Making a Change: Teaching Students About Oral History

Laura Stott

History teacher Laura Stott from Madison Public Schools, Conn. is part of an innovation project to experiment with personalized learning throughout the year with Allison Zmuda.

I was VERY hesitant to do this.

To make a big change in an AP course, with the pressure of the AP exam, our good track record in student scores, and watching parents .

But one teacher’s choice could have ripple effects in positive ways too.

I have been thinking about having students conduct and analyze oral history interviews for perhaps the last ten years. But this year, with the support of Allison, my superintendent Tom Scarice, and my principal, TJ Salutari, I took the plunge. My inspiration very much came from my own experiences conducting and studying oral history interviews in college, and from this post written by Glen Whitman at St. Andrew’s Episcopal School in Maryland.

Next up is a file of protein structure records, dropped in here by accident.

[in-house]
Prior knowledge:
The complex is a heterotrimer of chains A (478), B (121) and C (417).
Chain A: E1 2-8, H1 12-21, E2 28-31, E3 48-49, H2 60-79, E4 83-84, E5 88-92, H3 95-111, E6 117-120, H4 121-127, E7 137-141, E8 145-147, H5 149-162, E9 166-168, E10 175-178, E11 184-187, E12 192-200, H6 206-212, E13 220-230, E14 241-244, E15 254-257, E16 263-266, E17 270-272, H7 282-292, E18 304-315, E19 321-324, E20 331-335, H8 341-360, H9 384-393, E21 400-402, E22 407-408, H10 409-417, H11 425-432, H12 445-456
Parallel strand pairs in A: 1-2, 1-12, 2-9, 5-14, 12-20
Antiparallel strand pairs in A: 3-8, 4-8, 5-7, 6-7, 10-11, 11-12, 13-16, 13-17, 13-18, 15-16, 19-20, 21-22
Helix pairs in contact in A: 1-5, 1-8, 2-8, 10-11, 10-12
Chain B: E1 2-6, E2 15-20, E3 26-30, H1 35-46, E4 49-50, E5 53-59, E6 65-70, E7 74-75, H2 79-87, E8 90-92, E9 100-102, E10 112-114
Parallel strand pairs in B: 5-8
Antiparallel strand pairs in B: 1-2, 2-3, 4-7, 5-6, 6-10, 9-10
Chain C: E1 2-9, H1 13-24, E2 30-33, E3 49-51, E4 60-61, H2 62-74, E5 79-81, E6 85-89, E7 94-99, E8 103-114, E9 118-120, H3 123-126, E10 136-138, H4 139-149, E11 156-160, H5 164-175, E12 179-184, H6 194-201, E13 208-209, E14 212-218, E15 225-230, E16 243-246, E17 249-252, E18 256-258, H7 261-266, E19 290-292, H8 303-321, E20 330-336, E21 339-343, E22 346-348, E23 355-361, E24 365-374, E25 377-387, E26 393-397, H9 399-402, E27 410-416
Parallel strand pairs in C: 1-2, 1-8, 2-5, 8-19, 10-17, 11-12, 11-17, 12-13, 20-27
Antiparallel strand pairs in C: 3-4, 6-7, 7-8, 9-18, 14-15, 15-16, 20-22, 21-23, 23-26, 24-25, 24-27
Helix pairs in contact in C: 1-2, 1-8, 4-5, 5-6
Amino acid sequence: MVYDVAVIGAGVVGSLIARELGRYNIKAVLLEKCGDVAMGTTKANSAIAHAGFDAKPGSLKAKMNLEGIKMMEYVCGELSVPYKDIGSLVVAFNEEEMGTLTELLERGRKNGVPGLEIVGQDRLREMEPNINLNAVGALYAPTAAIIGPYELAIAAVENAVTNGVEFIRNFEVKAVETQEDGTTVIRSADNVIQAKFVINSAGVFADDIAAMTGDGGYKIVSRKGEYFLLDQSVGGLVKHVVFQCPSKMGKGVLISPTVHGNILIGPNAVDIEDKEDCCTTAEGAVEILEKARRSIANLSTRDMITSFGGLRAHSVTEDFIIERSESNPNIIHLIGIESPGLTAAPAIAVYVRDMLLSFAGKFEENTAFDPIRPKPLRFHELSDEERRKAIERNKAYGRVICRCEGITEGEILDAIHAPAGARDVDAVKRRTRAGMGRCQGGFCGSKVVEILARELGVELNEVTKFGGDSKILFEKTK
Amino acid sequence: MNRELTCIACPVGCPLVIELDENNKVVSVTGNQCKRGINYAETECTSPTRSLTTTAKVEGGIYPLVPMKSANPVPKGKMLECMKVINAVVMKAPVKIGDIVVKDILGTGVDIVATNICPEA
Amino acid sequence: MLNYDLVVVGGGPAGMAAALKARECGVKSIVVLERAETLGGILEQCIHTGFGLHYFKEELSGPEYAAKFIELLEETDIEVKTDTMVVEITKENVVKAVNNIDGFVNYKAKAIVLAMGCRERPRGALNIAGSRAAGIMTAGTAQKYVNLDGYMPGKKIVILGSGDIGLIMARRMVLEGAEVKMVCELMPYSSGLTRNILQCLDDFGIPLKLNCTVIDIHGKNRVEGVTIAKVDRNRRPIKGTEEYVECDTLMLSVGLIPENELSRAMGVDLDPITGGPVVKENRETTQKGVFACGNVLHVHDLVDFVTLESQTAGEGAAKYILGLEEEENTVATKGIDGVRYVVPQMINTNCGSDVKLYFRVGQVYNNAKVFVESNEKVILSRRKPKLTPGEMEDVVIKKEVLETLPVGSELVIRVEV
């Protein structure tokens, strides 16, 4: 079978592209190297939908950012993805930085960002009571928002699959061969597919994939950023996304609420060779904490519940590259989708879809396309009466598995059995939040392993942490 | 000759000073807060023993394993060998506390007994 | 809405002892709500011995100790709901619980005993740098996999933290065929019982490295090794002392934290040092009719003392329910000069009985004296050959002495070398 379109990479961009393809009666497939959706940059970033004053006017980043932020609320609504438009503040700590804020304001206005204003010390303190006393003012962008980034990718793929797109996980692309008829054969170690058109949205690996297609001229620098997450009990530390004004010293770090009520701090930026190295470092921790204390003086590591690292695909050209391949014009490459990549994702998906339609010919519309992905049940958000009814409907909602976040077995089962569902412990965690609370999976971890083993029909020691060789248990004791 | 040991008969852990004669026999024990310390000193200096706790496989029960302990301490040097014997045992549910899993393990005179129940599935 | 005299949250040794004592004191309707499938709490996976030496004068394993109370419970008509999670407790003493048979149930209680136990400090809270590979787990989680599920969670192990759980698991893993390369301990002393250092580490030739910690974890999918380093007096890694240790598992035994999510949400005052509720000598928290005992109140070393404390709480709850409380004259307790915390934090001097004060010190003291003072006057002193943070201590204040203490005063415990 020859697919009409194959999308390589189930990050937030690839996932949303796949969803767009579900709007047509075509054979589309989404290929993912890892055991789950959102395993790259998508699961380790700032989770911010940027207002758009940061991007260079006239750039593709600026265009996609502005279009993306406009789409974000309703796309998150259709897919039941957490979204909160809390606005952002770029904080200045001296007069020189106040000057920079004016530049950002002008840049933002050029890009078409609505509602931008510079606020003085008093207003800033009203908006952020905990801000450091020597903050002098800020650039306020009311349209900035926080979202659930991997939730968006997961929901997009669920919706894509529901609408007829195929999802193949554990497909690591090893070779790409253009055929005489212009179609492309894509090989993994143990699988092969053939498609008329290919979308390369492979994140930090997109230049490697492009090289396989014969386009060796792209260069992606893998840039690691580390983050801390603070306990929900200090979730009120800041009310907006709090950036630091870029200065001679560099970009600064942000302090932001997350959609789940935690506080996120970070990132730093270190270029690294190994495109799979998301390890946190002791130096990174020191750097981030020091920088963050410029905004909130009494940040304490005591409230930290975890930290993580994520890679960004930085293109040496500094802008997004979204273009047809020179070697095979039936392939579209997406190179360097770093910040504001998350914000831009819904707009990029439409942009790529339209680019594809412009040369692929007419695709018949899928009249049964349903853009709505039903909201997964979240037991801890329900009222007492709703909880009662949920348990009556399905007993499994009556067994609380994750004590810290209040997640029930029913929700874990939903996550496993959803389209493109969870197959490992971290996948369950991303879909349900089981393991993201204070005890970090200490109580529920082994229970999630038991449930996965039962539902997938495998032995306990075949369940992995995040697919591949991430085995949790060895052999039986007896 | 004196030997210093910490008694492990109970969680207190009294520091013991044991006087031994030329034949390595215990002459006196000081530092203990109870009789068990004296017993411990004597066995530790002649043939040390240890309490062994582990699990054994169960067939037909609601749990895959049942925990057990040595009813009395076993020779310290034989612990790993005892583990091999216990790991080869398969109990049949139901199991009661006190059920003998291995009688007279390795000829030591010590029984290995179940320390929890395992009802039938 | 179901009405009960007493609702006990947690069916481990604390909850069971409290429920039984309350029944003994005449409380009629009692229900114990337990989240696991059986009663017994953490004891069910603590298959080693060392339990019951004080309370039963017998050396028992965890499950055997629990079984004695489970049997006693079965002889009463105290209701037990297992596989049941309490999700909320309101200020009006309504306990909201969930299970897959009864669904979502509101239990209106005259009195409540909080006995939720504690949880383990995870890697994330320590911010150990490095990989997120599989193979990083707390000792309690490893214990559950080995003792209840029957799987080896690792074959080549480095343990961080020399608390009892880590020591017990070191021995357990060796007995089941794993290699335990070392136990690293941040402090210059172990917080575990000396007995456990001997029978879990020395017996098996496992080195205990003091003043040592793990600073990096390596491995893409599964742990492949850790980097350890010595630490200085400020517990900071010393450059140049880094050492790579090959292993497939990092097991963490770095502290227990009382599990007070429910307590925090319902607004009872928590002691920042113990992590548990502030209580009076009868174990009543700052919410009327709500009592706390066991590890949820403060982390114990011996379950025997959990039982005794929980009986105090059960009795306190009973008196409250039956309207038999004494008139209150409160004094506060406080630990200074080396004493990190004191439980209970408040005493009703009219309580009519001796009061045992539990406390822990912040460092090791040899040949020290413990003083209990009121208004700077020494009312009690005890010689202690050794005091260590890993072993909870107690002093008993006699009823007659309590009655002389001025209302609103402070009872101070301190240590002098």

I am so excited about teaching my students about oral history, and I am so excited for the experiences they will have. Some will get to know family members in new ways, others will document family history, and still others will meet new people and learn about their life experiences. It is not my job as a history teacher just to train good AP students and test takers. It is my job to grow historians and citizens with a deep understanding of the ways individuals are impacted by and shape history, and who have an intrinsic desire to learn more from others in their community.

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